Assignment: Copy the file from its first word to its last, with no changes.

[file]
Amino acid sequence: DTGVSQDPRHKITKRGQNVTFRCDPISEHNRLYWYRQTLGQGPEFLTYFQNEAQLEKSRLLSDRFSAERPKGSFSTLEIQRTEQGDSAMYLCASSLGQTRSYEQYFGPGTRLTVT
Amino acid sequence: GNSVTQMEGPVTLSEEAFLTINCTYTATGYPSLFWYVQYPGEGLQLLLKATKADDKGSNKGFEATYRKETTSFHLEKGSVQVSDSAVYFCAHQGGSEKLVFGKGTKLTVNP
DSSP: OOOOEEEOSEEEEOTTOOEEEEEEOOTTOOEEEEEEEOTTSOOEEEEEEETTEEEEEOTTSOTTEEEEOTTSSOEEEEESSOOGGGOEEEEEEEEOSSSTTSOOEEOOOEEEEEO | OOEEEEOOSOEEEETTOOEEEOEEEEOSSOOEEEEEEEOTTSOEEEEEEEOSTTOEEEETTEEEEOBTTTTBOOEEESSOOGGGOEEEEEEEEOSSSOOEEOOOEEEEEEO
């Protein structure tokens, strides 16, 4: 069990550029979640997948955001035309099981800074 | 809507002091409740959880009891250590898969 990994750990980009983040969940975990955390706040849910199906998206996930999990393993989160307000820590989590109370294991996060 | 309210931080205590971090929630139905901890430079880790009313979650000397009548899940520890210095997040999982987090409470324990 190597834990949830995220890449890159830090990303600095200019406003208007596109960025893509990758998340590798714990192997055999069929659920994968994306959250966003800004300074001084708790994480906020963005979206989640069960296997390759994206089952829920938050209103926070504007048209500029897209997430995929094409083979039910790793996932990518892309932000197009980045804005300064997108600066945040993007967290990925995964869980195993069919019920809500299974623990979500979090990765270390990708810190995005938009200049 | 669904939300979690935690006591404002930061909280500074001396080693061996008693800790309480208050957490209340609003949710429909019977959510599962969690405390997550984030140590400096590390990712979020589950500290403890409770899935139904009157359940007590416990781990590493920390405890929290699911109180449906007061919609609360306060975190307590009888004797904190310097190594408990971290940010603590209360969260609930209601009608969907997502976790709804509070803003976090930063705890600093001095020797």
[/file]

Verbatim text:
Amino acid sequence: DTGVSQDPRHKITKRGQNVTFRCDPISEHNRLYWYRQTLGQGPEFLTYFQNEAQLEKSRLLSDRFSAERPKGSFSTLEIQRTEQGDSAMYLCASSLGQTRSYEQYFGPGTRLTVT
Amino acid sequence: GNSVTQMEGPVTLSEEAFLTINCTYTATGYPSLFWYVQYPGEGLQLLLKATKADDKGSNKGFEATYRKETTSFHLEKGSVQVSDSAVYFCAHQGGSEKLVFGKGTKLTVNP
DSSP: OOOOEEEOSEEEEOTTOOEEEEEEOOTTOOEEEEEEEOTTSOOEEEEEEETTEEEEEOTTSOTTEEEEOTTSSOEEEEESSOOGGGOEEEEEEEEOSSSTTSOOEEOOOEEEEEO | OOEEEEOOSOEEEETTOOEEEOEEEEOSSOOEEEEEEEOTTSOEEEEEEEOSTTOEEEETTEEEEOBTTTTBOOEEESSOOGGGOEEEEEEEEOSSSOOEEOOOEEEEEEO
């Protein structure tokens, strides 16, 4: 069990550029979640997948955001035309099981800074 | 809507002091409740959880009891250590898969 990994750990980009983040969940975990955390706040849910199906998206996930999990393993989160307000820590989590109370294991996060 | 309210931080205590971090929630139905901890430079880790009313979650000397009548899940520890210095997040999982987090409470324990 190597834990949830995220890449890159830090990303600095200019406003208007596109960025893509990758998340590798714990192997055999069929659920994968994306959250966003800004300074001084708790994480906020963005979206989640069960296997390759994206089952829920938050209103926070504007048209500029897209997430995929094409083979039910790793996932990518892309932000197009980045804005300064997108600066945040993007967290990925995964869980195993069919019920809500299974623990979500979090990765270390990708810190995005938009200049 | 669904939300979690935690006591404002930061909280500074001396080693061996008693800790309480208050957490209340609003949710429909019977959510599962969690405390997550984030140590400096590390990712979020589950500290403890409770899935139904009157359940007590416990781990590493920390405890929290699911109180449906007061919609609360306060975190307590009888004797904190310097190594408990971290940010603590209360969260609930209601009608969907997502976790709804509070803003976090930063705890600093001095020797």